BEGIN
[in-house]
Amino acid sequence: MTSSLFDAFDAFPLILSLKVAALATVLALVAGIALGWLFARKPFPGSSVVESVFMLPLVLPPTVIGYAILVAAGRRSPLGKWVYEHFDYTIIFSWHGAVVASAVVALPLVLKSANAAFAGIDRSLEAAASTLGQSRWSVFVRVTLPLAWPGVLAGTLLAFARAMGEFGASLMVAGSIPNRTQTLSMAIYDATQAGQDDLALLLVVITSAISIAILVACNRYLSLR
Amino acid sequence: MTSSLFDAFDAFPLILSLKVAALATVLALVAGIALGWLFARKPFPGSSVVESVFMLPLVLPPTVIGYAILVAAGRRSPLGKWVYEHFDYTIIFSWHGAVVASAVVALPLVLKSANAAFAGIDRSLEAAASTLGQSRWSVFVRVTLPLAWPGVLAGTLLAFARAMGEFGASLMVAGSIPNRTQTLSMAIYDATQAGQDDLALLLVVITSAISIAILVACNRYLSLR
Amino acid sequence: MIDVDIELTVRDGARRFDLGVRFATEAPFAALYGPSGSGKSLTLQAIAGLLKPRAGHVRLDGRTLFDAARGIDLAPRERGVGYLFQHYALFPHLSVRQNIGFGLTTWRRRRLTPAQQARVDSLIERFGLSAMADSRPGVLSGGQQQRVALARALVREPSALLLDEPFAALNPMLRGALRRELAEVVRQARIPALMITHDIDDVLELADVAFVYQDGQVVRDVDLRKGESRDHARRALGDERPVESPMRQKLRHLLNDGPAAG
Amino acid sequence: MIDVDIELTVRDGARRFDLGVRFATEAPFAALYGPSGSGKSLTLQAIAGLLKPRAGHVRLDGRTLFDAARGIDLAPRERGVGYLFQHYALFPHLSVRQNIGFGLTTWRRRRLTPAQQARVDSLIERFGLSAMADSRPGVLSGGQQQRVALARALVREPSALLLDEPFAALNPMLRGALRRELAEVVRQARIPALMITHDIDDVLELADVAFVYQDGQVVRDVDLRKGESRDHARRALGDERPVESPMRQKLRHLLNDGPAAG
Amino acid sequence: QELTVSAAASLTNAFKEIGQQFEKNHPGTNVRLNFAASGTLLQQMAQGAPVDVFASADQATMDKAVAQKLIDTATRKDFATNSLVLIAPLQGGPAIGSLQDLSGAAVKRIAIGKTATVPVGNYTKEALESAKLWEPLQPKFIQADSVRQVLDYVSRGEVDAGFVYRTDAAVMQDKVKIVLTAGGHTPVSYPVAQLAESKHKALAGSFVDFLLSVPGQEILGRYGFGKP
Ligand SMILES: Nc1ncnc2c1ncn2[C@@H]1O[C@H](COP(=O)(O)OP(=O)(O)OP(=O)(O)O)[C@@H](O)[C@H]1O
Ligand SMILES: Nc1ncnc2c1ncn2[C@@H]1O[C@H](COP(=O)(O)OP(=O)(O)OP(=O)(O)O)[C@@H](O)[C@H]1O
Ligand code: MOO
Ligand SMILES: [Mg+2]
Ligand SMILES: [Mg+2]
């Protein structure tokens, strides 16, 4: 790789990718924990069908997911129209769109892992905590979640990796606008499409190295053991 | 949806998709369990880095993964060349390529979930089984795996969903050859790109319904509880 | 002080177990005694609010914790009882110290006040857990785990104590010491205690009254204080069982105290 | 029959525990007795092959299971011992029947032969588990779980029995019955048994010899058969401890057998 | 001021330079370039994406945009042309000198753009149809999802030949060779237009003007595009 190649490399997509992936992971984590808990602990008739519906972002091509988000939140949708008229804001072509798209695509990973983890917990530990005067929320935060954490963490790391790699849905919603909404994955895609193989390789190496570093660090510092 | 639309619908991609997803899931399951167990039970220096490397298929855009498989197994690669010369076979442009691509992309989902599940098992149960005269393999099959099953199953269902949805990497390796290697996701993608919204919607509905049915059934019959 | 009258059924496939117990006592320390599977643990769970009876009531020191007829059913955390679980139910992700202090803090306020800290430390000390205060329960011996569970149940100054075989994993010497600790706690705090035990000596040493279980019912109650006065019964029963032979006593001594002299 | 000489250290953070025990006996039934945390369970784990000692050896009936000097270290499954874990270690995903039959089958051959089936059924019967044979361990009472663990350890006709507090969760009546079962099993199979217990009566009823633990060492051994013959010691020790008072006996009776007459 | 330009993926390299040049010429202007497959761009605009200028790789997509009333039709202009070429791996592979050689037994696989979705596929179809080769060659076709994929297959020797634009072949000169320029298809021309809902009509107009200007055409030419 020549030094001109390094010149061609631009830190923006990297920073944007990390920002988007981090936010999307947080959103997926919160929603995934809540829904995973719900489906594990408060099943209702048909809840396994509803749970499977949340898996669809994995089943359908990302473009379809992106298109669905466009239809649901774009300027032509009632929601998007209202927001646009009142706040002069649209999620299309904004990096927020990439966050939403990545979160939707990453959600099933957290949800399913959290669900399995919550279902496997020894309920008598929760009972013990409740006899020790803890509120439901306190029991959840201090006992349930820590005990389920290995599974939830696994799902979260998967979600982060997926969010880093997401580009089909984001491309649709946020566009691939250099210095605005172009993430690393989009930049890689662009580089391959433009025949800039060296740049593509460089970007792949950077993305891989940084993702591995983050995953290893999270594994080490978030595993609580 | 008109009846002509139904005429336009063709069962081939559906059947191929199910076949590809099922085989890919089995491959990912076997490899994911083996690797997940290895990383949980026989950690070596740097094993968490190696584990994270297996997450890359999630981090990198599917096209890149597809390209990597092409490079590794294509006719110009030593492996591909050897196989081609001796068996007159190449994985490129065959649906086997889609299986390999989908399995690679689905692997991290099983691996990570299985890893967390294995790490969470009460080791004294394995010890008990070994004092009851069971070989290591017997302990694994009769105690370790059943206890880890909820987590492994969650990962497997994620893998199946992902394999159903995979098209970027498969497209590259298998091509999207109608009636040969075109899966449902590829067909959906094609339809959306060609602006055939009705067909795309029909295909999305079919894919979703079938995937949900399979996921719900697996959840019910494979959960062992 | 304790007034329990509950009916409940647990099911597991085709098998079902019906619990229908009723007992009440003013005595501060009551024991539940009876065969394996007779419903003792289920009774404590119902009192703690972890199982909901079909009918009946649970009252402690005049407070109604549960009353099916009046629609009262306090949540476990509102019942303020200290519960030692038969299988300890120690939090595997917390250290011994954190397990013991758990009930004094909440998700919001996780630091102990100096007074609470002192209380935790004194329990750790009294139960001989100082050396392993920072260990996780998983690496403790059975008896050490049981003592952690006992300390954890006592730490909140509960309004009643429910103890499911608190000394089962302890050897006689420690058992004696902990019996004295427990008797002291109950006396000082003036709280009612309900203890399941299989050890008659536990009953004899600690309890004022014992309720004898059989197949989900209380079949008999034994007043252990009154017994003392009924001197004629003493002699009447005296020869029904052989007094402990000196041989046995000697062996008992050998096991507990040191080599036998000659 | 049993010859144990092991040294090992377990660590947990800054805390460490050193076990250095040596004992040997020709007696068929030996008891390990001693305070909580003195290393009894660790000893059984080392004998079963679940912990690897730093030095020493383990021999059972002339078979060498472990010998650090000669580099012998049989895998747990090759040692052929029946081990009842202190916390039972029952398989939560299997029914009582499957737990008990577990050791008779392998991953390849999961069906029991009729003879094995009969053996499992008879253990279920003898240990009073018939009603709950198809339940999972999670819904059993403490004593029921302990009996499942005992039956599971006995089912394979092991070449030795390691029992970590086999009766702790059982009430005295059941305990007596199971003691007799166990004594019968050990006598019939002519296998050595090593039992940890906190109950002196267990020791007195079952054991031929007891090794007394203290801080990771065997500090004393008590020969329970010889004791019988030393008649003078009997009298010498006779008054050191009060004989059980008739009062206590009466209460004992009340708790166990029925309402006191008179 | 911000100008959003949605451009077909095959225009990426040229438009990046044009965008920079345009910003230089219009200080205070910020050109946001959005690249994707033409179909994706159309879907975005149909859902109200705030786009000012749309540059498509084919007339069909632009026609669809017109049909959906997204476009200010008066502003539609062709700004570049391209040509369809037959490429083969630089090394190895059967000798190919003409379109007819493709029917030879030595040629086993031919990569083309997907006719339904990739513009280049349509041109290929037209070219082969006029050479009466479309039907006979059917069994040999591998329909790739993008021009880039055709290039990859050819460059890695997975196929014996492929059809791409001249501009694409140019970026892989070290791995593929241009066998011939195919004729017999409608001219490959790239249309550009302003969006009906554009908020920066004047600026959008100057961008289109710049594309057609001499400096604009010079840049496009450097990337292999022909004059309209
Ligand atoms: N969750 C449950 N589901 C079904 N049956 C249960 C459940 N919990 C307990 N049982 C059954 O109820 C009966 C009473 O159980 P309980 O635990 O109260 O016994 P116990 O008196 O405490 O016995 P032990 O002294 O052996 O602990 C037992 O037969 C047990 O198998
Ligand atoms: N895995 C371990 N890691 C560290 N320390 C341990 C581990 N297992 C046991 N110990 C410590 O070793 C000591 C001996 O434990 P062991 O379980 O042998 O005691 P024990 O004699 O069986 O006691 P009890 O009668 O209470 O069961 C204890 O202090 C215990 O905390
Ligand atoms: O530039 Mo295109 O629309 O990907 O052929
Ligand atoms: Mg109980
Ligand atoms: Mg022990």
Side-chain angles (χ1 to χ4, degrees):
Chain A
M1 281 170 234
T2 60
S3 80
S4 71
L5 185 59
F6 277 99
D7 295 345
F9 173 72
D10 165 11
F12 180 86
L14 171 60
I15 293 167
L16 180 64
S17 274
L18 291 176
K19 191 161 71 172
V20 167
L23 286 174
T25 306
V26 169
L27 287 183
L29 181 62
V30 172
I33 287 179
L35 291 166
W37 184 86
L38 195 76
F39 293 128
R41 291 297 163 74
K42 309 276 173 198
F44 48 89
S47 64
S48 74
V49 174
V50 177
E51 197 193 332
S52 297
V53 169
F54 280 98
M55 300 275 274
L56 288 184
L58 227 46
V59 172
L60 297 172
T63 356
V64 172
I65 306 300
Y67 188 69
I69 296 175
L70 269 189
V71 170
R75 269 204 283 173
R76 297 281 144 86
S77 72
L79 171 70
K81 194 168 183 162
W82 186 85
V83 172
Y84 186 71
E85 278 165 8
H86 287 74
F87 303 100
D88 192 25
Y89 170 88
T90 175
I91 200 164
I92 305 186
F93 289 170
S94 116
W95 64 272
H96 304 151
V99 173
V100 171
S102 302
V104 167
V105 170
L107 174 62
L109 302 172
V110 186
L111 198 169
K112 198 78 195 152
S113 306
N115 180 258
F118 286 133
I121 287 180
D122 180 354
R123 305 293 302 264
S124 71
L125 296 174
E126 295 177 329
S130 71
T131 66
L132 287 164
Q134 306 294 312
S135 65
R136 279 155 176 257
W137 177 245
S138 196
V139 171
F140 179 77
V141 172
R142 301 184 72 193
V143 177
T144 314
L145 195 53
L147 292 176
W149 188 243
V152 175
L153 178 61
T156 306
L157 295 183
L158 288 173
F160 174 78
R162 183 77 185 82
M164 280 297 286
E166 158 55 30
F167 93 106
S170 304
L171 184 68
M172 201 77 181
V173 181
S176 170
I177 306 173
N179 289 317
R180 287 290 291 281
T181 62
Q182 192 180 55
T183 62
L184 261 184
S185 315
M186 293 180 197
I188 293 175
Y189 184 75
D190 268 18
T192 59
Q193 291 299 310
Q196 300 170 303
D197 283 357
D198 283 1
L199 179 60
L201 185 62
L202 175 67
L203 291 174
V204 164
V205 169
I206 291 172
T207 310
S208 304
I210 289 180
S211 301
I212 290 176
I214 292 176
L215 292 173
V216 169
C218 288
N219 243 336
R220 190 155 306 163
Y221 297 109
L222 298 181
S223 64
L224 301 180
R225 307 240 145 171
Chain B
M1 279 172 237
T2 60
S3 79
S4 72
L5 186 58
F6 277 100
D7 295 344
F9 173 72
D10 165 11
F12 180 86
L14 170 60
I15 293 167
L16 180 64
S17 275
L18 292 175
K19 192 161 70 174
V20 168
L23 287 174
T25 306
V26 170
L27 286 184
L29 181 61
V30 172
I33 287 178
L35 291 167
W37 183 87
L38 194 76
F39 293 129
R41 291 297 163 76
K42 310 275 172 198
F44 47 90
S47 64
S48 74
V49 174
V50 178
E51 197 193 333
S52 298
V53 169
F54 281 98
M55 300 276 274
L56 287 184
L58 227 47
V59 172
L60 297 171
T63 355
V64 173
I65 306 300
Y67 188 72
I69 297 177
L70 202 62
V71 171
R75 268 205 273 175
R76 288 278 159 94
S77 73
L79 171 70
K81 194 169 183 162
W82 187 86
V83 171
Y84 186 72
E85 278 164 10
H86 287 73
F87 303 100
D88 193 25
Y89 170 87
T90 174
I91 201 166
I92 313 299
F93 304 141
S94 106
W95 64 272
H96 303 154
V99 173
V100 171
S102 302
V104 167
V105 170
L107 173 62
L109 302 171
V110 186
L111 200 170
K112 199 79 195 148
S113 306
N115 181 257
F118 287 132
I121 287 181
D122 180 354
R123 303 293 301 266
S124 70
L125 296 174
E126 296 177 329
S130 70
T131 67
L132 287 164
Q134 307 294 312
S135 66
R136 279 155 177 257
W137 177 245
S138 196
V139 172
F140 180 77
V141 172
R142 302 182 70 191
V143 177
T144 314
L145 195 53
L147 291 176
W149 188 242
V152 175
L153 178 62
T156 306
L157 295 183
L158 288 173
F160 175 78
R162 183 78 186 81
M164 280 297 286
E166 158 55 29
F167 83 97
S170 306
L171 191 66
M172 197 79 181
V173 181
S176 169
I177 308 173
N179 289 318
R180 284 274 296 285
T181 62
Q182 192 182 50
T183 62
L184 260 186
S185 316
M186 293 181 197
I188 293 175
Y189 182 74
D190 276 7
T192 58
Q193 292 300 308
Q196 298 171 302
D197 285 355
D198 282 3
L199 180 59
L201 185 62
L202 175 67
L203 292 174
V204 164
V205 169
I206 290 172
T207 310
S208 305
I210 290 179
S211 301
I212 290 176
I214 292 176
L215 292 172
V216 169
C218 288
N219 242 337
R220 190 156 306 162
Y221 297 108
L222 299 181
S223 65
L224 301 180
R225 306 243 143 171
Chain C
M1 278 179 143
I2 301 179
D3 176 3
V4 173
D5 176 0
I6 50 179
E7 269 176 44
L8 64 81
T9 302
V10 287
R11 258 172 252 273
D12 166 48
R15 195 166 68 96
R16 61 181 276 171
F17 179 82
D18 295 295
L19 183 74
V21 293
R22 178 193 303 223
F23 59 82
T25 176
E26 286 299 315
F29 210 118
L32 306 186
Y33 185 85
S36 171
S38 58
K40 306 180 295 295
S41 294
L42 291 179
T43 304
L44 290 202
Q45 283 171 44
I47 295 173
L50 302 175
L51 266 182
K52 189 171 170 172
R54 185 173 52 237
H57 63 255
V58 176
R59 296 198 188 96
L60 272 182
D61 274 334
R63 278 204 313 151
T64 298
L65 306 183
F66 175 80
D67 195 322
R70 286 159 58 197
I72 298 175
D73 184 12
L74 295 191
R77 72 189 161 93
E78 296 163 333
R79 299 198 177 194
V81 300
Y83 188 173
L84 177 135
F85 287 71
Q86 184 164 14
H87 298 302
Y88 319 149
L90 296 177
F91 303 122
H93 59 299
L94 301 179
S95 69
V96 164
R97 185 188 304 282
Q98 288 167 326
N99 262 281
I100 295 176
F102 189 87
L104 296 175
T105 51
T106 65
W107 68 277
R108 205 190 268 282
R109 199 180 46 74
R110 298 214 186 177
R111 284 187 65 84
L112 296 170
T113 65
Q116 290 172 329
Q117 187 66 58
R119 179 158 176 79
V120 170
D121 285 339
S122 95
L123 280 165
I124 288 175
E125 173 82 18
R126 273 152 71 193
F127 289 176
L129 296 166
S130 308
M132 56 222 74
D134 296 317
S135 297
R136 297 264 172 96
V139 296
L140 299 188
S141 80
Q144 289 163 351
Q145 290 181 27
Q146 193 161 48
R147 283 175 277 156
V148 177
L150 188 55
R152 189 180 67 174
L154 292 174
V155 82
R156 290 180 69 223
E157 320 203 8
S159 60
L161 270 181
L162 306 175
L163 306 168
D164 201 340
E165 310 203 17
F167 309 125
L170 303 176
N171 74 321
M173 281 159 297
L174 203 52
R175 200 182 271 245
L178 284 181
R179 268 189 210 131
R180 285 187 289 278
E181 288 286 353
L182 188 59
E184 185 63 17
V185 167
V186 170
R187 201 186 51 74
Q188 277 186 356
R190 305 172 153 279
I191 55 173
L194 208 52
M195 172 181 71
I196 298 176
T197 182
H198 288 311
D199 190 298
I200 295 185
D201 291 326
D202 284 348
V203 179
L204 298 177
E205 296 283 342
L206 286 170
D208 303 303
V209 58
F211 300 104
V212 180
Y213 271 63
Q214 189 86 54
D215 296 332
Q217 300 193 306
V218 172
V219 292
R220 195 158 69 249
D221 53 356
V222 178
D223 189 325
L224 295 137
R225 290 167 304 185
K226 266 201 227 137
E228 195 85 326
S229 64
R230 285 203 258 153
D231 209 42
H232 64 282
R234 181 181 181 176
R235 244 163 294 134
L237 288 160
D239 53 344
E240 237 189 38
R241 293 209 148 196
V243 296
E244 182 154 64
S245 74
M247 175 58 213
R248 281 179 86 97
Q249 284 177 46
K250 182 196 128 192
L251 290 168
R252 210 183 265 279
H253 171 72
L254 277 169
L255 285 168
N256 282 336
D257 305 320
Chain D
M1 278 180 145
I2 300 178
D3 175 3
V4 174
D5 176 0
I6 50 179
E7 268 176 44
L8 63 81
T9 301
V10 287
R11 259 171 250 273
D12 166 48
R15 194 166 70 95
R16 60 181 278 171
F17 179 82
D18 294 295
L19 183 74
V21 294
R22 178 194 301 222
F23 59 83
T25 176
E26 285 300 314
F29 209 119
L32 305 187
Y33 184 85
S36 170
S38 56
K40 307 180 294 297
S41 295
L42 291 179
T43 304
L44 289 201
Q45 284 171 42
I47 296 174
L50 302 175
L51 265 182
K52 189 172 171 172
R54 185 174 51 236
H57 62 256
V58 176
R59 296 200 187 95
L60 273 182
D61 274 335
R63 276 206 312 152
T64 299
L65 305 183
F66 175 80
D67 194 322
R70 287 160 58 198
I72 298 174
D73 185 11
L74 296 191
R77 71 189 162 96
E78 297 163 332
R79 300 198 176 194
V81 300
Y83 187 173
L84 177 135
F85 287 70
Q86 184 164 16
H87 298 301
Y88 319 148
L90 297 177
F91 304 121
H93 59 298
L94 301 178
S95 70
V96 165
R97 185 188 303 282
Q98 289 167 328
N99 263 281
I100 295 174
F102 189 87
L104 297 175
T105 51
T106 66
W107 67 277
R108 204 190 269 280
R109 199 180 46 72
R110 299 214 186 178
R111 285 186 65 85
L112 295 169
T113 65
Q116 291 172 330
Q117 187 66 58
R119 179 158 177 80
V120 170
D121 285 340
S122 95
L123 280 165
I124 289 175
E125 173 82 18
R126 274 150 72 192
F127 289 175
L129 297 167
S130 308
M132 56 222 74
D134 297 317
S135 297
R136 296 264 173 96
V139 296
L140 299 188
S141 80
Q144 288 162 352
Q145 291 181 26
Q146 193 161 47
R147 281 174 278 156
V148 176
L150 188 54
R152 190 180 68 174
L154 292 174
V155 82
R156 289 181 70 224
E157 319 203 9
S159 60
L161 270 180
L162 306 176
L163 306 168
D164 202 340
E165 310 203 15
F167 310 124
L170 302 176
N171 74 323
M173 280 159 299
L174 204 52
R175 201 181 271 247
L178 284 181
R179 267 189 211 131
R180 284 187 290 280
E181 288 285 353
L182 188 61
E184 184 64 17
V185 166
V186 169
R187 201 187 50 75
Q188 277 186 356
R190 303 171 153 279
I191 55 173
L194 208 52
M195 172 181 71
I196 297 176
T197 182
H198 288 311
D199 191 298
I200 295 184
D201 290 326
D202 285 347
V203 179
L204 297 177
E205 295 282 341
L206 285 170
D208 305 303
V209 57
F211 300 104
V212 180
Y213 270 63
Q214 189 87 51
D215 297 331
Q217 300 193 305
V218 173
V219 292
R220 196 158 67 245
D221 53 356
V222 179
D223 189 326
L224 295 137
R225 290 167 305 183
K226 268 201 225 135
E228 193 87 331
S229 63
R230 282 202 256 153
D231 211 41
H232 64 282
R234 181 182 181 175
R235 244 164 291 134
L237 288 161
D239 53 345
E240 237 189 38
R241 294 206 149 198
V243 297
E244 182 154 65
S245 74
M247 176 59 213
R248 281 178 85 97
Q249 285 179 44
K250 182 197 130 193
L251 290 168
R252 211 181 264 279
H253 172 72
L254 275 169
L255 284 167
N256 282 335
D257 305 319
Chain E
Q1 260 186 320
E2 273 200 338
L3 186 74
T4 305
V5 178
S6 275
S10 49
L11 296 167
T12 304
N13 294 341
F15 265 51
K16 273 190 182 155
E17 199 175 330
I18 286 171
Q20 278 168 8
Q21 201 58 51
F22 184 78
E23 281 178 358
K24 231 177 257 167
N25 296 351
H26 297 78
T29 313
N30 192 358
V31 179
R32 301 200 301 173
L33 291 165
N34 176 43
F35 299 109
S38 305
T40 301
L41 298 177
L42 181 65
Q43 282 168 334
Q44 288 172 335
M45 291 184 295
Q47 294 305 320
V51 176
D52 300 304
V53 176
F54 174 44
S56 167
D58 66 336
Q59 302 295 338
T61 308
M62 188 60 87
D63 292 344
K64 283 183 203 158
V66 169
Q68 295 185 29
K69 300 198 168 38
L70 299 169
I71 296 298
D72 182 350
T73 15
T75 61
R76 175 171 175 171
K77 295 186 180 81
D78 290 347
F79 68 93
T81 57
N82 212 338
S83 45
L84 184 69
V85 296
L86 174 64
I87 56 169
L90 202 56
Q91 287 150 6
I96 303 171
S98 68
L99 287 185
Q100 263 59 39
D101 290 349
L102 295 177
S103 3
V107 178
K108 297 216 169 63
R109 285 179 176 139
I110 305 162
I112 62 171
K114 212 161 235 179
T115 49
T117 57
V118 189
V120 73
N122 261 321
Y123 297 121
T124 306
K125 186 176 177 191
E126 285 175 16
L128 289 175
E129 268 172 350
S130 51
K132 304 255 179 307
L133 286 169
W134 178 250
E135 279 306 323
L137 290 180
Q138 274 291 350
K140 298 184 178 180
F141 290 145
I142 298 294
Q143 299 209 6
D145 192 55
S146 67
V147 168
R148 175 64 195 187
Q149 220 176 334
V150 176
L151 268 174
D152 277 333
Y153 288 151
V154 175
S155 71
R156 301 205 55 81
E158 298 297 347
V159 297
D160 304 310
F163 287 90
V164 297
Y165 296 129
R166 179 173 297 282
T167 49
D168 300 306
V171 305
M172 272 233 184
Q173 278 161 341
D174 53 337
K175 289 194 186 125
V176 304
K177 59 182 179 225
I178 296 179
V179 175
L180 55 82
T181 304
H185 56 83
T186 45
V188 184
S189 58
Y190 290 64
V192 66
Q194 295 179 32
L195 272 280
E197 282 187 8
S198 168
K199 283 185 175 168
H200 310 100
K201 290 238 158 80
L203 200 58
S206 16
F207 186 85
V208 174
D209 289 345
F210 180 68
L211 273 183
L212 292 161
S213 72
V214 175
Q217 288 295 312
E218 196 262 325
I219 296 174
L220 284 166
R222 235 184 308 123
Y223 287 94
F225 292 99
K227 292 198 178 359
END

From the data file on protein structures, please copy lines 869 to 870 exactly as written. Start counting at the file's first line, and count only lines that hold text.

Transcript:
H185 56 83
T186 45